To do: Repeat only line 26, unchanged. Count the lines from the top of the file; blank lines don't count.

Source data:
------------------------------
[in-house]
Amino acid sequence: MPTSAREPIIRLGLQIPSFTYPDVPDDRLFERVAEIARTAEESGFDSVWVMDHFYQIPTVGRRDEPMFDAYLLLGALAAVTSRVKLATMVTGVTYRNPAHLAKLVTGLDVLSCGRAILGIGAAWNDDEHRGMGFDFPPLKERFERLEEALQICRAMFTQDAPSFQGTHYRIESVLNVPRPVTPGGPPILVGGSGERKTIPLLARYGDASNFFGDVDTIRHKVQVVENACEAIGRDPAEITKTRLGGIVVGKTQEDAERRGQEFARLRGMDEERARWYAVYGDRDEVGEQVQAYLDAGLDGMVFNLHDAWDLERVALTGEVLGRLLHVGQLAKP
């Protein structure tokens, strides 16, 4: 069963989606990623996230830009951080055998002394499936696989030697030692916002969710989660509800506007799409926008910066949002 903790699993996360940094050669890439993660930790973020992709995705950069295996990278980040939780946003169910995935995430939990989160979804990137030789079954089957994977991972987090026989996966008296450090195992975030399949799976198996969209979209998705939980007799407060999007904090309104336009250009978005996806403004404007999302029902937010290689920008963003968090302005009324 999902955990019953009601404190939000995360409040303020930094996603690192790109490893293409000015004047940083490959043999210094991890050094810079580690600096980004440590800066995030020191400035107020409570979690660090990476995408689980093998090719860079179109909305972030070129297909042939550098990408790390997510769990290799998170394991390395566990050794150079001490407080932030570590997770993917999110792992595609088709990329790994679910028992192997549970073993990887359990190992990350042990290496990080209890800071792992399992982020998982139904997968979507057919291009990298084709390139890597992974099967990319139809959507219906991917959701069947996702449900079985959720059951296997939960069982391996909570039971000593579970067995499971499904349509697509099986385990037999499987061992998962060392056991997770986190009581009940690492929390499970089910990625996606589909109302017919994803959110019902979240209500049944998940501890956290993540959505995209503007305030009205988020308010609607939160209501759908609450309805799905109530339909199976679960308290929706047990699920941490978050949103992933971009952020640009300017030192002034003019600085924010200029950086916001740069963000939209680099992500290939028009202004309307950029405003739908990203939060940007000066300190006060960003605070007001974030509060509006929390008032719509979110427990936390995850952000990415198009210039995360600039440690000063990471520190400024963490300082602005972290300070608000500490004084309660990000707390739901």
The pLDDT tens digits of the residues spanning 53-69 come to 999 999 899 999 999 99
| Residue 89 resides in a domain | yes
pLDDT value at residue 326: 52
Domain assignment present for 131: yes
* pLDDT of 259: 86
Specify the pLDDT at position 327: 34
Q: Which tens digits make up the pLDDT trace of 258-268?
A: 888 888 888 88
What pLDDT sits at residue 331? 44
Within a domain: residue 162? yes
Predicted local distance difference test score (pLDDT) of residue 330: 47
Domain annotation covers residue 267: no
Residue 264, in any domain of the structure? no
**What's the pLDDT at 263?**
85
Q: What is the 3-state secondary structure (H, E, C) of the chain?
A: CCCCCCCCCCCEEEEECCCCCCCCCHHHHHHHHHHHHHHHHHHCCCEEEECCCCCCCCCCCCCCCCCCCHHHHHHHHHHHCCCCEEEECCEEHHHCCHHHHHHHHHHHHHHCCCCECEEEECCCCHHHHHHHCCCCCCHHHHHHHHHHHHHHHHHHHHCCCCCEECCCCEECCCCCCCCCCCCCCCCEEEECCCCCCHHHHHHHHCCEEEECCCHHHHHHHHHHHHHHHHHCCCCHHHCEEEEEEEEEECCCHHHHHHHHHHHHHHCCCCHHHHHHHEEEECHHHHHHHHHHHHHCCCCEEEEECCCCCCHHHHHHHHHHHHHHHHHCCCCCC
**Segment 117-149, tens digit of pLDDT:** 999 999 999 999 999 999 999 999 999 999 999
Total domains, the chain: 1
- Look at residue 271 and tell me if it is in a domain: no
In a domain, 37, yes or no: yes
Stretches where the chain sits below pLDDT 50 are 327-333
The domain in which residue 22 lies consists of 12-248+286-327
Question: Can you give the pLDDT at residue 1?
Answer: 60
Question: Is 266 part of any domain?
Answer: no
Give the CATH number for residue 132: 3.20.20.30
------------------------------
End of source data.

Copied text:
The domain in which residue 22 lies consists of 12-248+286-327